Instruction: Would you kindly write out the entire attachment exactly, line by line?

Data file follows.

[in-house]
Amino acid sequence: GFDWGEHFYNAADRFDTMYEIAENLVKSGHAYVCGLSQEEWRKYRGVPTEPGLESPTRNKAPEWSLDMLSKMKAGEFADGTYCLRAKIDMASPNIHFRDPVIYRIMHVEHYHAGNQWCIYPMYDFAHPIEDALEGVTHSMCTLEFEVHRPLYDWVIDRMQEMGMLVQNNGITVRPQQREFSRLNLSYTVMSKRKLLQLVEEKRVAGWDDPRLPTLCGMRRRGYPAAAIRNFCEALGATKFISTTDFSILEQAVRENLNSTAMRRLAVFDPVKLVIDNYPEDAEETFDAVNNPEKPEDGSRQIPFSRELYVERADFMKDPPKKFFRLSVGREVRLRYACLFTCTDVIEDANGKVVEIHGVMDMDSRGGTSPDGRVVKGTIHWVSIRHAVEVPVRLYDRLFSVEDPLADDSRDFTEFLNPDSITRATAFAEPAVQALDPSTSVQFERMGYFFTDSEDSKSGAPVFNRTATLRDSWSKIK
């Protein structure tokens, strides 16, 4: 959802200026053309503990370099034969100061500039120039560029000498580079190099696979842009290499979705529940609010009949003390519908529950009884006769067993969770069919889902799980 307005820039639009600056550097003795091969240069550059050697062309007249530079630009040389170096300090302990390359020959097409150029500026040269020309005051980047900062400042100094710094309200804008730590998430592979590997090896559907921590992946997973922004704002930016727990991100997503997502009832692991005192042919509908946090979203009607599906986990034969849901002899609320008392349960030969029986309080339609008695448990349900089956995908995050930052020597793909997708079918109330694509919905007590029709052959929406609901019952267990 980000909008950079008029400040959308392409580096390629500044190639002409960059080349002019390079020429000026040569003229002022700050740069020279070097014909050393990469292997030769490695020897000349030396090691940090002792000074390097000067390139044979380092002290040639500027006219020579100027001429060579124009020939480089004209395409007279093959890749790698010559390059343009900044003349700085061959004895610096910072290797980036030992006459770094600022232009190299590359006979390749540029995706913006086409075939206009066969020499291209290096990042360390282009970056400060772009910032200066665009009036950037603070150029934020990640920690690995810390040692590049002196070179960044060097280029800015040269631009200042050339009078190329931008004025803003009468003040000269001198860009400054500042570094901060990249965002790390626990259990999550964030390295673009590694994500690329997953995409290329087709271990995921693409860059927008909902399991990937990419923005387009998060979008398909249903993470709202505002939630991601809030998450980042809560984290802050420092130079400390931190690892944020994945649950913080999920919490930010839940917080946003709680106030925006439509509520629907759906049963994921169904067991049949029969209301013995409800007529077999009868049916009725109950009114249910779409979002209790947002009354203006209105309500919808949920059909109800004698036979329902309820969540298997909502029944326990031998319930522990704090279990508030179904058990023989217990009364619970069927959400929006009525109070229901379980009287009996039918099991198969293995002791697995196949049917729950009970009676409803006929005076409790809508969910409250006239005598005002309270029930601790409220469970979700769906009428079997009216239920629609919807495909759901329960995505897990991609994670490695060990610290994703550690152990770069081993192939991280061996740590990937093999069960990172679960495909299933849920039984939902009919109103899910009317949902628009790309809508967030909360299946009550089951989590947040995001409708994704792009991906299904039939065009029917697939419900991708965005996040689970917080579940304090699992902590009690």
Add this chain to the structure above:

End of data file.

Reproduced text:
[in-house]
Amino acid sequence: GFDWGEHFYNAADRFDTMYEIAENLVKSGHAYVCGLSQEEWRKYRGVPTEPGLESPTRNKAPEWSLDMLSKMKAGEFADGTYCLRAKIDMASPNIHFRDPVIYRIMHVEHYHAGNQWCIYPMYDFAHPIEDALEGVTHSMCTLEFEVHRPLYDWVIDRMQEMGMLVQNNGITVRPQQREFSRLNLSYTVMSKRKLLQLVEEKRVAGWDDPRLPTLCGMRRRGYPAAAIRNFCEALGATKFISTTDFSILEQAVRENLNSTAMRRLAVFDPVKLVIDNYPEDAEETFDAVNNPEKPEDGSRQIPFSRELYVERADFMKDPPKKFFRLSVGREVRLRYACLFTCTDVIEDANGKVVEIHGVMDMDSRGGTSPDGRVVKGTIHWVSIRHAVEVPVRLYDRLFSVEDPLADDSRDFTEFLNPDSITRATAFAEPAVQALDPSTSVQFERMGYFFTDSEDSKSGAPVFNRTATLRDSWSKIK
């Protein structure tokens, strides 16, 4: 959802200026053309503990370099034969100061500039120039560029000498580079190099696979842009290499979705529940609010009949003390519908529950009884006769067993969770069919889902799980 307005820039639009600056550097003795091969240069550059050697062309007249530079630009040389170096300090302990390359020959097409150029500026040269020309005051980047900062400042100094710094309200804008730590998430592979590997090896559907921590992946997973922004704002930016727990991100997503997502009832692991005192042919509908946090979203009607599906986990034969849901002899609320008392349960030969029986309080339609008695448990349900089956995908995050930052020597793909997708079918109330694509919905007590029709052959929406609901019952267990 980000909008950079008029400040959308392409580096390629500044190639002409960059080349002019390079020429000026040569003229002022700050740069020279070097014909050393990469292997030769490695020897000349030396090691940090002792000074390097000067390139044979380092002290040639500027006219020579100027001429060579124009020939480089004209395409007279093959890749790698010559390059343009900044003349700085061959004895610096910072290797980036030992006459770094600022232009190299590359006979390749540029995706913006086409075939206009066969020499291209290096990042360390282009970056400060772009910032200066665009009036950037603070150029934020990640920690690995810390040692590049002196070179960044060097280029800015040269631009200042050339009078190329931008004025803003009468003040000269001198860009400054500042570094901060990249965002790390626990259990999550964030390295673009590694994500690329997953995409290329087709271990995921693409860059927008909902399991990937990419923005387009998060979008398909249903993470709202505002939630991601809030998450980042809560984290802050420092130079400390931190690892944020994945649950913080999920919490930010839940917080946003709680106030925006439509509520629907759906049963994921169904067991049949029969209301013995409800007529077999009868049916009725109950009114249910779409979002209790947002009354203006209105309500919808949920059909109800004698036979329902309820969540298997909502029944326990031998319930522990704090279990508030179904058990023989217990009364619970069927959400929006009525109070229901379980009287009996039918099991198969293995002791697995196949049917729950009970009676409803006929005076409790809508969910409250006239005598005002309270029930601790409220469970979700769906009428079997009216239920629609919807495909759901329960995505897990991609994670490695060990610290994703550690152990770069081993192939991280061996740590990937093999069960990172679960495909299933849920039984939902009919109103899910009317949902628009790309809508967030909360299946009550089951989590947040995001409708994704792009991906299904039939065009029917697939419900991708965005996040689970917080579940304090699992902590009690």
Add this chain to the structure above: